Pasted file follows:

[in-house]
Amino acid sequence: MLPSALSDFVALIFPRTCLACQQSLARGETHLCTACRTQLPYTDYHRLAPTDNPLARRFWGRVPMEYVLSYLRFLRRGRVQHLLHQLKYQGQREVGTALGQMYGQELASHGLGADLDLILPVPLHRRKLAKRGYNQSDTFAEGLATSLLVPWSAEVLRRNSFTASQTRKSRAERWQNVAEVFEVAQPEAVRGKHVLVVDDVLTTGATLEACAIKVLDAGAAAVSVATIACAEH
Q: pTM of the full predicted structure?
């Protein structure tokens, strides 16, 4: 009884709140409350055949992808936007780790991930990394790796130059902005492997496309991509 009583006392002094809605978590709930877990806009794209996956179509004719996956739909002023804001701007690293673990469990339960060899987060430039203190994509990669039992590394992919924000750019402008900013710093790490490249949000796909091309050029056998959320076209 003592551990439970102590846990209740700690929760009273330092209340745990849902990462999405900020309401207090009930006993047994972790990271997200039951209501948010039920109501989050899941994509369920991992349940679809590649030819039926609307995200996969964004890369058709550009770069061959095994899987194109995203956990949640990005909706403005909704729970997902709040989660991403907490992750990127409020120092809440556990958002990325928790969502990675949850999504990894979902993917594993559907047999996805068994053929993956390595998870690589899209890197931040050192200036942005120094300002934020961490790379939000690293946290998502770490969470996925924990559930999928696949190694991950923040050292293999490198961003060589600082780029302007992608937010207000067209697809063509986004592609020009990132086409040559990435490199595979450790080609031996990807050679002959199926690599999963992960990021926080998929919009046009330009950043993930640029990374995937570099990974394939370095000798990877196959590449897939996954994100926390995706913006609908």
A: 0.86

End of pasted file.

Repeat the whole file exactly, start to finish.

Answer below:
[in-house]
Amino acid sequence: MLPSALSDFVALIFPRTCLACQQSLARGETHLCTACRTQLPYTDYHRLAPTDNPLARRFWGRVPMEYVLSYLRFLRRGRVQHLLHQLKYQGQREVGTALGQMYGQELASHGLGADLDLILPVPLHRRKLAKRGYNQSDTFAEGLATSLLVPWSAEVLRRNSFTASQTRKSRAERWQNVAEVFEVAQPEAVRGKHVLVVDDVLTTGATLEACAIKVLDAGAAAVSVATIACAEH
Q: pTM of the full predicted structure?
């Protein structure tokens, strides 16, 4: 009884709140409350055949992808936007780790991930990394790796130059902005492997496309991509 009583006392002094809605978590709930877990806009794209996956179509004719996956739909002023804001701007690293673990469990339960060899987060430039203190994509990669039992590394992919924000750019402008900013710093790490490249949000796909091309050029056998959320076209 003592551990439970102590846990209740700690929760009273330092209340745990849902990462999405900020309401207090009930006993047994972790990271997200039951209501948010039920109501989050899941994509369920991992349940679809590649030819039926609307995200996969964004890369058709550009770069061959095994899987194109995203956990949640990005909706403005909704729970997902709040989660991403907490992750990127409020120092809440556990958002990325928790969502990675949850999504990894979902993917594993559907047999996805068994053929993956390595998870690589899209890197931040050192200036942005120094300002934020961490790379939000690293946290998502770490969470996925924990559930999928696949190694991950923040050292293999490198961003060589600082780029302007992608937010207000067209697809063509986004592609020009990132086409040559990435490199595979450790080609031996990807050679002959199926690599999963992960990021926080998929919009046009330009950043993930640029990374995937570099990974394939370095000798990877196959590449897939996954994100926390995706913006609908």
A: 0.86